What has been your greatest challenge thus far at Ridley?

My greatest challenge thus far at Ridley has been balancing my extracurricular activities with taking the IB programme. The past year was the most challenging academic year I’ve had, but also the most rewarding yet. I feel like IB has pushed me to become a member of a range of different communities in the school as well as pushed me to think and problem solve in ways that I haven’t before. I’m only halfway through the programme, but I’m loving it.

What has been your greatest accomplishment thus far at Ridley?

I think my greatest accomplishment at Ridley thus far has been how quickly I have made Ridley feel like home. This is an amazing place if you embrace it and at the beginning, when everything was new and overwhelming, I had to fight the urge to close myself off from opportunities and new experiences. I am so happy that I managed to successfully fight that urge because I have gained so much from being an active member of the community.

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What has been your favorite Ridley experience?

The world is still reeling from the string of terror attacks and shootings that have taken place this year and sometimes it does feel hopeless; like we might never learn to live in peace. However, there is a moment that I hold onto when I need a little hope for the future of humanity. On the night of Earth Day, we had a campfire in the Quad. There were guitars and ukuleles and we were all singing at the top of our lungs. Around the campfire sat Nigerians, Americans, Canadians, Mexicans, Russians, Germans, and Chinese, singing, laughing and sharing marshmallows. Our amazing global community sets an example of how we can all coexist.

What is your favourite part of Ridley life?

Tying in to my previous answer, I love how much I am able to learn from people from all corners of the globe. We have all lived such different understandings of life yet we are all still able to coexist and learn from one another. I love that I could end up having dinner with four friends and none of us hold the same passport or that I could do a group project with people whose mother tongues are all different. I strongly believe that those sorts of experiences will benefit me for years to come.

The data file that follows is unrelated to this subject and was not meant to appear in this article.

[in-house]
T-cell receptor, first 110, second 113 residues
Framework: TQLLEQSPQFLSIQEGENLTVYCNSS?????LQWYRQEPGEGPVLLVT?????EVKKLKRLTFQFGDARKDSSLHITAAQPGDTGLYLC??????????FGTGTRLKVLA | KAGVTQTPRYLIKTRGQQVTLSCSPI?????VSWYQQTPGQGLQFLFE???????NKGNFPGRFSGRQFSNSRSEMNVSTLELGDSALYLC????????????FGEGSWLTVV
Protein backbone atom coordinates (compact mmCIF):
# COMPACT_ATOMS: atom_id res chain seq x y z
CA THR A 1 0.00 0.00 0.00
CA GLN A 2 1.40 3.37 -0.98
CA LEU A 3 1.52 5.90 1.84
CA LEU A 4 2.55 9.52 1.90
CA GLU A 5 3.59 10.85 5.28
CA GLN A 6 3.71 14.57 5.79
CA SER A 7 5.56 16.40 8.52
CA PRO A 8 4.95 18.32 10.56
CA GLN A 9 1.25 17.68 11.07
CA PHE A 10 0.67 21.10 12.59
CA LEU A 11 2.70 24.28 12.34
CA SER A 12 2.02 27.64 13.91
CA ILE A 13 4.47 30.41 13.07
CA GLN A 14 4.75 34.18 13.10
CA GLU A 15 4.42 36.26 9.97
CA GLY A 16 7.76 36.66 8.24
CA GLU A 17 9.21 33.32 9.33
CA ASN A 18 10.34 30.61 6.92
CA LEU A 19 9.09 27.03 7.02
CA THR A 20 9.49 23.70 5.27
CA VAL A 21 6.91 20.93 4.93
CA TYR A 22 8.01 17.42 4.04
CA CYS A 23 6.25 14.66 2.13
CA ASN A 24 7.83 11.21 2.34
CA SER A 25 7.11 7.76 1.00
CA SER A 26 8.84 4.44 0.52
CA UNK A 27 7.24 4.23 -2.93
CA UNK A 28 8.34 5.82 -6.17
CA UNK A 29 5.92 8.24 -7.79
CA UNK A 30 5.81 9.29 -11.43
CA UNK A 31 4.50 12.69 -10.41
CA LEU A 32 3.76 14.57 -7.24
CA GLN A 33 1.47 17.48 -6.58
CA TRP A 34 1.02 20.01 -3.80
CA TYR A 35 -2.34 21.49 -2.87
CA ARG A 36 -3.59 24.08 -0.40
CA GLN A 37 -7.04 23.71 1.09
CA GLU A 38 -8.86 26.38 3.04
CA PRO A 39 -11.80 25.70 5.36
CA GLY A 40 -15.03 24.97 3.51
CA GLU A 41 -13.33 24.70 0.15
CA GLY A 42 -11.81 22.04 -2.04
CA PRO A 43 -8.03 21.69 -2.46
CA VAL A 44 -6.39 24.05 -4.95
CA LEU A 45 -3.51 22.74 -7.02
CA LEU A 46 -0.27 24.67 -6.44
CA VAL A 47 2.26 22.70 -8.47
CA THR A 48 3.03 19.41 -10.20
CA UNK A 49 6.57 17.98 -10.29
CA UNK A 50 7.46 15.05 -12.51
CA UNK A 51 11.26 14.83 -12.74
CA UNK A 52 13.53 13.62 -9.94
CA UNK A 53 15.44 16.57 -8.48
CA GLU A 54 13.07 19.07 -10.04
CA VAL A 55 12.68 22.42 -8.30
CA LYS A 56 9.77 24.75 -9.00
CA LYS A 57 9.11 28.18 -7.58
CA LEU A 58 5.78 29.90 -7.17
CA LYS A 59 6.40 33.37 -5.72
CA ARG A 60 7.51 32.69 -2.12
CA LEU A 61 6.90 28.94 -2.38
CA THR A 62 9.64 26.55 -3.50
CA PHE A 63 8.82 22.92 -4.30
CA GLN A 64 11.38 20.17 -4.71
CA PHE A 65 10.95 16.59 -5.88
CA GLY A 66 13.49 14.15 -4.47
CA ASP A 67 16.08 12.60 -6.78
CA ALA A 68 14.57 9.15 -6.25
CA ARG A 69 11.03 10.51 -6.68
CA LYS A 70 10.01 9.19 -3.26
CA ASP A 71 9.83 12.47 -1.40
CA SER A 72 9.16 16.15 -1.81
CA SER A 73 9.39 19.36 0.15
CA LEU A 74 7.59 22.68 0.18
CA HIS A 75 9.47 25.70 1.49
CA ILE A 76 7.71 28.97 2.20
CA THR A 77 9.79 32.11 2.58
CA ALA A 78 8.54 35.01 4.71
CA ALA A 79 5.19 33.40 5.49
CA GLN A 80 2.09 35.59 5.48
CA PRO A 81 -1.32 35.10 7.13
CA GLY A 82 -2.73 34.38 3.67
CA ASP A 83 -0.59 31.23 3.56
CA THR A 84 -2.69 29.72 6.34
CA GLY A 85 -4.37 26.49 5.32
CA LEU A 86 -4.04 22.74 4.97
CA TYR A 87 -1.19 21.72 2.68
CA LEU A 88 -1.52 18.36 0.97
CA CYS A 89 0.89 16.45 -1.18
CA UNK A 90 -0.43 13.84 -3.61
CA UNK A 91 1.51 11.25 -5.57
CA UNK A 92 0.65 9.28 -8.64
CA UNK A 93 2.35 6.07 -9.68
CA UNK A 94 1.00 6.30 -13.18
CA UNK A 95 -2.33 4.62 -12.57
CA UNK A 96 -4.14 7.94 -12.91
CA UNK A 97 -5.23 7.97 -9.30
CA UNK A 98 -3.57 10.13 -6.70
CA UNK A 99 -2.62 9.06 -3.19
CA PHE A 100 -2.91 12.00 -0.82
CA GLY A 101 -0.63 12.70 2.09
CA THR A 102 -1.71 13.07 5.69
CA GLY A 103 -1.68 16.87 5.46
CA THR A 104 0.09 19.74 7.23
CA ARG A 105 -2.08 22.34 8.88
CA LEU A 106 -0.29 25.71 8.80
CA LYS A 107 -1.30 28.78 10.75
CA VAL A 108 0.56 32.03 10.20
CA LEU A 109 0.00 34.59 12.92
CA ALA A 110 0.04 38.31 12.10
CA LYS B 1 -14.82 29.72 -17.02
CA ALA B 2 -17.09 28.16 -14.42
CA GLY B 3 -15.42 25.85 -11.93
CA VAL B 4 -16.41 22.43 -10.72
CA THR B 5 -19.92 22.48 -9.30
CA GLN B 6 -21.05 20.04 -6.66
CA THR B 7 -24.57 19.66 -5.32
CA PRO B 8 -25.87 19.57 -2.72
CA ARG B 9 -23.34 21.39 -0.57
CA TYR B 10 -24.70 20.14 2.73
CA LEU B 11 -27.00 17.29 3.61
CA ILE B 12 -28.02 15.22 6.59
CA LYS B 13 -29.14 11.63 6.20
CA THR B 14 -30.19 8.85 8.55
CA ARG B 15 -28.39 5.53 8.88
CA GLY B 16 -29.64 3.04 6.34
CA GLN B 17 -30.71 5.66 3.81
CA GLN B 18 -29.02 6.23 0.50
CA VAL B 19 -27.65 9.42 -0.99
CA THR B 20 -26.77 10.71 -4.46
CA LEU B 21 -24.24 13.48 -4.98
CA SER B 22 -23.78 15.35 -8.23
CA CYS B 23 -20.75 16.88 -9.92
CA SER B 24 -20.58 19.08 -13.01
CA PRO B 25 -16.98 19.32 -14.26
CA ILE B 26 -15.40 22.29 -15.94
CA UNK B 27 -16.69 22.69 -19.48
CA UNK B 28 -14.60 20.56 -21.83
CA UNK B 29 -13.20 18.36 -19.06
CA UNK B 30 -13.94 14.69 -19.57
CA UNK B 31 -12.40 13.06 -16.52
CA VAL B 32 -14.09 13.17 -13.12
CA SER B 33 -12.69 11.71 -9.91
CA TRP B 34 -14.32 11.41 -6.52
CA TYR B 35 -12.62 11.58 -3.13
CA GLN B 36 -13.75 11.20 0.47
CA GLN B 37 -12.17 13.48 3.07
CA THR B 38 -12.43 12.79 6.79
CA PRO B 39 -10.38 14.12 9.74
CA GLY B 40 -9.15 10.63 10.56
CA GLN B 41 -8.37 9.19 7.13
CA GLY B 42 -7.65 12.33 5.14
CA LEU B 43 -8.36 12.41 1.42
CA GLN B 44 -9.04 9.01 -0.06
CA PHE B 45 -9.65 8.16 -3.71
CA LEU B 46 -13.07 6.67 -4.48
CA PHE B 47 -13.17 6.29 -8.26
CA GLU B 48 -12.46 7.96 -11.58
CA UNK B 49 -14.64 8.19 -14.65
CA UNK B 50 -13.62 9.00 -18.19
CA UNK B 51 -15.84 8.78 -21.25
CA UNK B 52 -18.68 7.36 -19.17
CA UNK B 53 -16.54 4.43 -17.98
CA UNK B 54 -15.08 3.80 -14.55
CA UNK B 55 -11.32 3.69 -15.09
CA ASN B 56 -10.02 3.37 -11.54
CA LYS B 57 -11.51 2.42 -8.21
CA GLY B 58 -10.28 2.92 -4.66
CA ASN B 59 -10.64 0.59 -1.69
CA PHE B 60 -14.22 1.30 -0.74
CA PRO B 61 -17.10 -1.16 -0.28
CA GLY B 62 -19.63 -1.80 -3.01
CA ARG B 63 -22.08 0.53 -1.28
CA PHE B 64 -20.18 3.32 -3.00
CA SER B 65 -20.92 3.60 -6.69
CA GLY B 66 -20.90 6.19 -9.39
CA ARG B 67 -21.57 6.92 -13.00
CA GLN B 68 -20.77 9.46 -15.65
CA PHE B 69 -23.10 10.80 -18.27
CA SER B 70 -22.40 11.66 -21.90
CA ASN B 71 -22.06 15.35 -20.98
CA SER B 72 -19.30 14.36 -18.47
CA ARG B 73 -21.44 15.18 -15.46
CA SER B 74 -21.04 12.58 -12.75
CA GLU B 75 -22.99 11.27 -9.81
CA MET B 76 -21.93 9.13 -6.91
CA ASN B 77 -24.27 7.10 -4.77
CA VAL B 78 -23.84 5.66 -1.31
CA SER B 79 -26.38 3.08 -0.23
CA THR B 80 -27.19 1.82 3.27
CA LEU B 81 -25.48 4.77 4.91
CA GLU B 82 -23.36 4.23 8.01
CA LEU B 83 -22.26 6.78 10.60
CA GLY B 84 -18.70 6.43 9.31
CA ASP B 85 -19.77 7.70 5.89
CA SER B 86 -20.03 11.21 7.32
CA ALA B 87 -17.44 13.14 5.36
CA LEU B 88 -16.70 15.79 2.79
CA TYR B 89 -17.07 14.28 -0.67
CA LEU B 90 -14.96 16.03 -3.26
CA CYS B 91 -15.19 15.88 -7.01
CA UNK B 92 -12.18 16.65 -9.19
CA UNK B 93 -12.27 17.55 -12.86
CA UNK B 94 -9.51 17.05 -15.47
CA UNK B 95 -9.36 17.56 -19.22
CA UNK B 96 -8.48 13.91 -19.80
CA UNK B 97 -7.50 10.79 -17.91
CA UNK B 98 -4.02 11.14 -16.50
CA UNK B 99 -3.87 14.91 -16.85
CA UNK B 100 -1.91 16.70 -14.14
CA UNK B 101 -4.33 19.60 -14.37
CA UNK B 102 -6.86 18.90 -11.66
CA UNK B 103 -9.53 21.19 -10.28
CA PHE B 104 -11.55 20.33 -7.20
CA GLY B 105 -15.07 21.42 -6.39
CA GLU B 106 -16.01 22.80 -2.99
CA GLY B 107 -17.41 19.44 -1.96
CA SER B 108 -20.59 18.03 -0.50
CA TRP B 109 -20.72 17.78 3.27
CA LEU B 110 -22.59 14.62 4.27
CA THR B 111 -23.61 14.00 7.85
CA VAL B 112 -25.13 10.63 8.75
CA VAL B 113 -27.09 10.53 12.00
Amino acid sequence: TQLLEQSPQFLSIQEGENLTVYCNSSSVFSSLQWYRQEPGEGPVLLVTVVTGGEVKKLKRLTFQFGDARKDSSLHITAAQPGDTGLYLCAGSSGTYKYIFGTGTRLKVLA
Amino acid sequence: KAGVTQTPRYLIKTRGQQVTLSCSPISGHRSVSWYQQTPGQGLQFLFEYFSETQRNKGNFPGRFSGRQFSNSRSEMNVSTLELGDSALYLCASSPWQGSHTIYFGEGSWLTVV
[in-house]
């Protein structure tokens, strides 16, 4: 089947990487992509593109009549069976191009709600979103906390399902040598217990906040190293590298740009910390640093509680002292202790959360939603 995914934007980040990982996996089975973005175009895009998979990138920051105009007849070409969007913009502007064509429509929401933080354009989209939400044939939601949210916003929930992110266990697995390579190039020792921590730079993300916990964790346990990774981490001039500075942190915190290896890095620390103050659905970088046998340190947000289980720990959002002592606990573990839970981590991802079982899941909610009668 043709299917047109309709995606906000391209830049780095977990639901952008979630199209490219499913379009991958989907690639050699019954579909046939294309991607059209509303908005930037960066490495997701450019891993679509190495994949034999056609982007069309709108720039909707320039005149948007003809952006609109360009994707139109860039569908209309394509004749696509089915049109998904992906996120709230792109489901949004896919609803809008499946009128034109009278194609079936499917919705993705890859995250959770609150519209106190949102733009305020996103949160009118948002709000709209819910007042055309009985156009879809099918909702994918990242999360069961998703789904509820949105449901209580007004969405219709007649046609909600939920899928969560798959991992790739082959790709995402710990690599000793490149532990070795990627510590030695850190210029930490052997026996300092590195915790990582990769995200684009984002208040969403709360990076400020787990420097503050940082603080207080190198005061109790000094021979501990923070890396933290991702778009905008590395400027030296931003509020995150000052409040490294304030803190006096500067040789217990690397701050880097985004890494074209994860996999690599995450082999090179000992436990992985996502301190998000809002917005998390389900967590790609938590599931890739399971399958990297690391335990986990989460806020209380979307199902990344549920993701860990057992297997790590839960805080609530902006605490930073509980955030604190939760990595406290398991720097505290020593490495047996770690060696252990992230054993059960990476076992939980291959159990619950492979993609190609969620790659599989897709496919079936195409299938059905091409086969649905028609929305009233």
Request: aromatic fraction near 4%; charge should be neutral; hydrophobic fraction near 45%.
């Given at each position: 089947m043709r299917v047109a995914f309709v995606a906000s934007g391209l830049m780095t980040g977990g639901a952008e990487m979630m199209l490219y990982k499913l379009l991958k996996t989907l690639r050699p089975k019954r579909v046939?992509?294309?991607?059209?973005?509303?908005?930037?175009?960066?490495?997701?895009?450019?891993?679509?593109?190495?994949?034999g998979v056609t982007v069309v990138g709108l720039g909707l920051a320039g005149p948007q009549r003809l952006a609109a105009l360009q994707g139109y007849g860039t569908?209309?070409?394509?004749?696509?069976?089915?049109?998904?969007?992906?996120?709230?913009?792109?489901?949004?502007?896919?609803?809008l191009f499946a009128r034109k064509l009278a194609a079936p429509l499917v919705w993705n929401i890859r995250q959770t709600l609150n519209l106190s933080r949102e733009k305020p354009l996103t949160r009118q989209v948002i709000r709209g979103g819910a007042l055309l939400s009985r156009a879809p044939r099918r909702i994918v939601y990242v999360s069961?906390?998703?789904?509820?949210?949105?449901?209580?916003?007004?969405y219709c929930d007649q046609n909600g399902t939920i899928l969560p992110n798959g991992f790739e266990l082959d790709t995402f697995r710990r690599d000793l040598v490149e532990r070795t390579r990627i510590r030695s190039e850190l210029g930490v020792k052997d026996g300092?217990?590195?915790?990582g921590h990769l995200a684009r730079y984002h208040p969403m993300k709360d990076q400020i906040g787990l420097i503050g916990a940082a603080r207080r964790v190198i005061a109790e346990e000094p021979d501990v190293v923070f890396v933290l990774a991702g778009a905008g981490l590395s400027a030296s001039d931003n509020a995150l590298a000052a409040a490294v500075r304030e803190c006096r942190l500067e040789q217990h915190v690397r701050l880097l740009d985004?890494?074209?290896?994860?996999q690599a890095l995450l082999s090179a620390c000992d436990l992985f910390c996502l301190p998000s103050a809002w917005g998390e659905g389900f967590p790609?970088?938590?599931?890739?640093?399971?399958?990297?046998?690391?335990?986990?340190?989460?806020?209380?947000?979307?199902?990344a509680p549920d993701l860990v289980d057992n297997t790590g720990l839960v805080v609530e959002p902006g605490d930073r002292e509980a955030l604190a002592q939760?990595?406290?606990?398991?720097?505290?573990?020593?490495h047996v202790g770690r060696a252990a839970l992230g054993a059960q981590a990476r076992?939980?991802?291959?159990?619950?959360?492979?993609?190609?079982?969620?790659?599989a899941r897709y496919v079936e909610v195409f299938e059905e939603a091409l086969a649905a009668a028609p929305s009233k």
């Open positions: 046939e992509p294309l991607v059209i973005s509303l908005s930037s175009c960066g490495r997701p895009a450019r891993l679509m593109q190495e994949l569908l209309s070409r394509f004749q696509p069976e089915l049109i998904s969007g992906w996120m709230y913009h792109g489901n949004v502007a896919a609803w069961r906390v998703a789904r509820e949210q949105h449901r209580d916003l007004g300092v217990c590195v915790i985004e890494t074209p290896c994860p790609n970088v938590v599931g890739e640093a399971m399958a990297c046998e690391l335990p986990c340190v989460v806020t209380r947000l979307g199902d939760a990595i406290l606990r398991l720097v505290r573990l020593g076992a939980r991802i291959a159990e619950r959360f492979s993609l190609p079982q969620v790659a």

What part of being a Prefect are you most excited for?

I am most excited to be an ambassador for Ridley. I love meeting new people and being a Prefect will give me the opportunity to meet others while I represent the school.

How has Ridley prepared you for the future?

Ridley College has given me the opportunity to take the IB programme, and though it has been the hardest thing I have ever done as a student, it has also been the most rewarding. I have not only been pushed to improve my time management and note taking skills, but also to be a better student. The programme has taught me some valuable life skills. I have also been expected to be a creative problem solver, an open-minded collaborator, and a more reflective person. Those things have made me a more mature person beyond the classroom, and I know I will continue to appreciate that in the future.

What are your plans after graduation?

No matter what I end up doing, I know that I want to continue exploring the world until the day they put me in the ground. After I leave Ridley, I want to go into either International Relations, or International Development. I want to do what I can in university to become as useful as I can be in teams working around the world, creating sustainable, independent communities in developing countries. I can see myself working for humanitarian NGOs in the future.

What advice would you give prospective students about Ridley?